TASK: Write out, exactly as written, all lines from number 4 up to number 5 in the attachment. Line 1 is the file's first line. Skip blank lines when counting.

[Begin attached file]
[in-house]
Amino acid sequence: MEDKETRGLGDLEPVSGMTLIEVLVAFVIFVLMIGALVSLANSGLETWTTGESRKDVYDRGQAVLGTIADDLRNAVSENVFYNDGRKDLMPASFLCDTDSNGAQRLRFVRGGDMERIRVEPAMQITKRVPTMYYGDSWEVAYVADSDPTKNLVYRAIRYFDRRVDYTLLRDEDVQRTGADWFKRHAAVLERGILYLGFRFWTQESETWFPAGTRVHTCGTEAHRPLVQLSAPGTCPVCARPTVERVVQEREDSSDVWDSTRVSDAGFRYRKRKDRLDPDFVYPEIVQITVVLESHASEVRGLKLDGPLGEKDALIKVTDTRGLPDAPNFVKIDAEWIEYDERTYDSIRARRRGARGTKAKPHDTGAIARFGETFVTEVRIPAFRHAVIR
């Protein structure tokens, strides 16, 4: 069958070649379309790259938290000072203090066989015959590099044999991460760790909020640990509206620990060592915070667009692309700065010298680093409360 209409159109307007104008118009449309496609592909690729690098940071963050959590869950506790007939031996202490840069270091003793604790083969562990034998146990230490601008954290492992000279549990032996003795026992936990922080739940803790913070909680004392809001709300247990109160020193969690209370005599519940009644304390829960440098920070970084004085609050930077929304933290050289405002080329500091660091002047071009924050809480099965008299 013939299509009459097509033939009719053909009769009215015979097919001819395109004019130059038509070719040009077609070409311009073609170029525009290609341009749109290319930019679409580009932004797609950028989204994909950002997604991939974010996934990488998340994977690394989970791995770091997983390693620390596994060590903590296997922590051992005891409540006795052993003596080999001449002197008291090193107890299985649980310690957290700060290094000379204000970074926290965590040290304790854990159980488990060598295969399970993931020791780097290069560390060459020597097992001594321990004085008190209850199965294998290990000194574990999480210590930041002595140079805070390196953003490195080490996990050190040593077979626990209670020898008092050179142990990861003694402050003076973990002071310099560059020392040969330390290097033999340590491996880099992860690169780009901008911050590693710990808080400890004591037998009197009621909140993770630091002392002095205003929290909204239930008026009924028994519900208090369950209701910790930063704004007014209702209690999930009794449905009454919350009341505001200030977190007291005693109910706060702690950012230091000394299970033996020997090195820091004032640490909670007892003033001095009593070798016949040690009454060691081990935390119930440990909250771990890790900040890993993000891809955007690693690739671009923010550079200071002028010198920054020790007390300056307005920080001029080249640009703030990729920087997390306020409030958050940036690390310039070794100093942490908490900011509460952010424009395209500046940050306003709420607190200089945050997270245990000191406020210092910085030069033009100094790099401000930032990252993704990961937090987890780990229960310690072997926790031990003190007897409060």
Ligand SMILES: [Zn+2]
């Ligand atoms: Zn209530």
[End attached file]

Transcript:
Ligand SMILES: [Zn+2]
């Ligand atoms: Zn209530």